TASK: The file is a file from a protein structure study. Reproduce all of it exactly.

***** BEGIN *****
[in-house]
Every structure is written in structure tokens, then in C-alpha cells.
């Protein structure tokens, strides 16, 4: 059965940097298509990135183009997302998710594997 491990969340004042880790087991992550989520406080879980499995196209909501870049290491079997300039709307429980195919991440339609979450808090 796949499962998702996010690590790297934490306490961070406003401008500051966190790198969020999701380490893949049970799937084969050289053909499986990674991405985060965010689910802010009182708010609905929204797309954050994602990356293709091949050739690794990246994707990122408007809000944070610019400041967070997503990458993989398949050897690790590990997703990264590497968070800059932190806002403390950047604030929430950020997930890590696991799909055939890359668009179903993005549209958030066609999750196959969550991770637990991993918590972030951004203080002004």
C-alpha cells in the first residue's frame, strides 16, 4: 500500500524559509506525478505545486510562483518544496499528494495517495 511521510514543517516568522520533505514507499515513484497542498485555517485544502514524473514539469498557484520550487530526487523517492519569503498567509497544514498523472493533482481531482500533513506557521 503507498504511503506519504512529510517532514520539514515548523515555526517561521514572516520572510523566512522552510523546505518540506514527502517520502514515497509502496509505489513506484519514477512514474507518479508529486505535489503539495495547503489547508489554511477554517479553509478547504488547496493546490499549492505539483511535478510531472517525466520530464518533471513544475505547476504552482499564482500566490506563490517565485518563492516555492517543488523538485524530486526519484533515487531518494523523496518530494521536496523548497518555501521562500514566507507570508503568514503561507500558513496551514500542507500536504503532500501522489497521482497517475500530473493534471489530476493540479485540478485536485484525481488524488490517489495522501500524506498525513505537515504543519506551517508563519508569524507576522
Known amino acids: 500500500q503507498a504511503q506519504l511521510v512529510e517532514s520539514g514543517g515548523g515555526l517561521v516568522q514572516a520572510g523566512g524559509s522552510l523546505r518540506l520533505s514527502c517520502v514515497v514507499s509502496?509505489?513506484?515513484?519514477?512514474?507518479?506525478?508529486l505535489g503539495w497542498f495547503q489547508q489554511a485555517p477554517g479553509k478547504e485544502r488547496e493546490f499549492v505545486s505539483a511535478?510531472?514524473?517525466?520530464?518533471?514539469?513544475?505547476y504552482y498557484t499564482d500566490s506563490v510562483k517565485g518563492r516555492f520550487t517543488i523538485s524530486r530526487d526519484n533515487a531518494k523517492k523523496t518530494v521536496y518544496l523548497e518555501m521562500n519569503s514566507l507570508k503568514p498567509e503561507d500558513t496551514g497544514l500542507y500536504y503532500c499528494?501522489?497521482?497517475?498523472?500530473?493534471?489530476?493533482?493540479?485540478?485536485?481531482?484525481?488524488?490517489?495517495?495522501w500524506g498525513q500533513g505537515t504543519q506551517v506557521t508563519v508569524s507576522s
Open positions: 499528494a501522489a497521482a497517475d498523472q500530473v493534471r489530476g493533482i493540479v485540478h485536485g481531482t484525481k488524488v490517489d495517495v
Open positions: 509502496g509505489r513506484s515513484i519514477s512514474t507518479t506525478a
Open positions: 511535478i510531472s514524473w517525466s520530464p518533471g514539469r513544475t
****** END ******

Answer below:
[in-house]
Every structure is written in structure tokens, then in C-alpha cells.
């Protein structure tokens, strides 16, 4: 059965940097298509990135183009997302998710594997 491990969340004042880790087991992550989520406080879980499995196209909501870049290491079997300039709307429980195919991440339609979450808090 796949499962998702996010690590790297934490306490961070406003401008500051966190790198969020999701380490893949049970799937084969050289053909499986990674991405985060965010689910802010009182708010609905929204797309954050994602990356293709091949050739690794990246994707990122408007809000944070610019400041967070997503990458993989398949050897690790590990997703990264590497968070800059932190806002403390950047604030929430950020997930890590696991799909055939890359668009179903993005549209958030066609999750196959969550991770637990991993918590972030951004203080002004």
C-alpha cells in the first residue's frame, strides 16, 4: 500500500524559509506525478505545486510562483518544496499528494495517495 511521510514543517516568522520533505514507499515513484497542498485555517485544502514524473514539469498557484520550487530526487523517492519569503498567509497544514498523472493533482481531482500533513506557521 503507498504511503506519504512529510517532514520539514515548523515555526517561521514572516520572510523566512522552510523546505518540506514527502517520502514515497509502496509505489513506484519514477512514474507518479508529486505535489503539495495547503489547508489554511477554517479553509478547504488547496493546490499549492505539483511535478510531472517525466520530464518533471513544475505547476504552482499564482500566490506563490517565485518563492516555492517543488523538485524530486526519484533515487531518494523523496518530494521536496523548497518555501521562500514566507507570508503568514503561507500558513496551514500542507500536504503532500501522489497521482497517475500530473493534471489530476493540479485540478485536485484525481488524488490517489495522501500524506498525513505537515504543519506551517508563519508569524507576522
Known amino acids: 500500500q503507498a504511503q506519504l511521510v512529510e517532514s520539514g514543517g515548523g515555526l517561521v516568522q514572516a520572510g523566512g524559509s522552510l523546505r518540506l520533505s514527502c517520502v514515497v514507499s509502496?509505489?513506484?515513484?519514477?512514474?507518479?506525478?508529486l505535489g503539495w497542498f495547503q489547508q489554511a485555517p477554517g479553509k478547504e485544502r488547496e493546490f499549492v505545486s505539483a511535478?510531472?514524473?517525466?520530464?518533471?514539469?513544475?505547476y504552482y498557484t499564482d500566490s506563490v510562483k517565485g518563492r516555492f520550487t517543488i523538485s524530486r530526487d526519484n533515487a531518494k523517492k523523496t518530494v521536496y518544496l523548497e518555501m521562500n519569503s514566507l507570508k503568514p498567509e503561507d500558513t496551514g497544514l500542507y500536504y503532500c499528494?501522489?497521482?497517475?498523472?500530473?493534471?489530476?493533482?493540479?485540478?485536485?481531482?484525481?488524488?490517489?495517495?495522501w500524506g498525513q500533513g505537515t504543519q506551517v506557521t508563519v508569524s507576522s
Open positions: 499528494a501522489a497521482a497517475d498523472q500530473v493534471r489530476g493533482i493540479v485540478h485536485g481531482t484525481k488524488v490517489d495517495v
Open positions: 509502496g509505489r513506484s515513484i519514477s512514474t507518479t506525478a
Open positions: 511535478i510531472s514524473w517525466s520530464p518533471g514539469r513544475t